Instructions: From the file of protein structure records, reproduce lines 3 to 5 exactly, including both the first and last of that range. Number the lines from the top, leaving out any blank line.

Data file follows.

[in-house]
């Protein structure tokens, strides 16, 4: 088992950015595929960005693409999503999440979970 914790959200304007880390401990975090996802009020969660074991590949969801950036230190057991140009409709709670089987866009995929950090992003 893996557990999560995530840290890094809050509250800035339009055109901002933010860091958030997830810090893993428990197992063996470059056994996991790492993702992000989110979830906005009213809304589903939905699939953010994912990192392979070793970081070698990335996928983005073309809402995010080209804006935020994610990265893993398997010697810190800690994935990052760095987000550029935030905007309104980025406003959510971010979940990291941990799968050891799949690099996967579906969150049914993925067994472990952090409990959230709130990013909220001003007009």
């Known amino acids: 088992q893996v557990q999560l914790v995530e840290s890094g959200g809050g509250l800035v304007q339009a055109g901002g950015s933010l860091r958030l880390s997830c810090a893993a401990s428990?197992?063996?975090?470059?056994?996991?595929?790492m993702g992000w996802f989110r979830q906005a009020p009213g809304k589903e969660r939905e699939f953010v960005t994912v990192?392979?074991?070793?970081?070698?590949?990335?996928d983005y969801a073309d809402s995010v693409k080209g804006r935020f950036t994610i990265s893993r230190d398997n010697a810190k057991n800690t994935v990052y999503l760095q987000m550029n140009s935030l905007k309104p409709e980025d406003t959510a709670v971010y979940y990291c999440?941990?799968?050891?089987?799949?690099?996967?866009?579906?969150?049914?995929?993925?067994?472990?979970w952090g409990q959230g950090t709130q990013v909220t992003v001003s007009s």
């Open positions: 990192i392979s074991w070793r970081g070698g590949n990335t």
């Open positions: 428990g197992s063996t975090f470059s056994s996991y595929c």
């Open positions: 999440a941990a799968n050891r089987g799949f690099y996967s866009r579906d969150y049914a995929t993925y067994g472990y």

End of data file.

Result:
């Known amino acids: 088992q893996v557990q999560l914790v995530e840290s890094g959200g809050g509250l800035v304007q339009a055109g901002g950015s933010l860091r958030l880390s997830c810090a893993a401990s428990?197992?063996?975090?470059?056994?996991?595929?790492m993702g992000w996802f989110r979830q906005a009020p009213g809304k589903e969660r939905e699939f953010v960005t994912v990192?392979?074991?070793?970081?070698?590949?990335?996928d983005y969801a073309d809402s995010v693409k080209g804006r935020f950036t994610i990265s893993r230190d398997n010697a810190k057991n800690t994935v990052y999503l760095q987000m550029n140009s935030l905007k309104p409709e980025d406003t959510a709670v971010y979940y990291c999440?941990?799968?050891?089987?799949?690099?996967?866009?579906?969150?049914?995929?993925?067994?472990?979970w952090g409990q959230g950090t709130q990013v909220t992003v001003s007009s």
């Open positions: 990192i392979s074991w070793r970081g070698g590949n990335t």
């Open positions: 428990g197992s063996t975090f470059s056994s996991y595929c």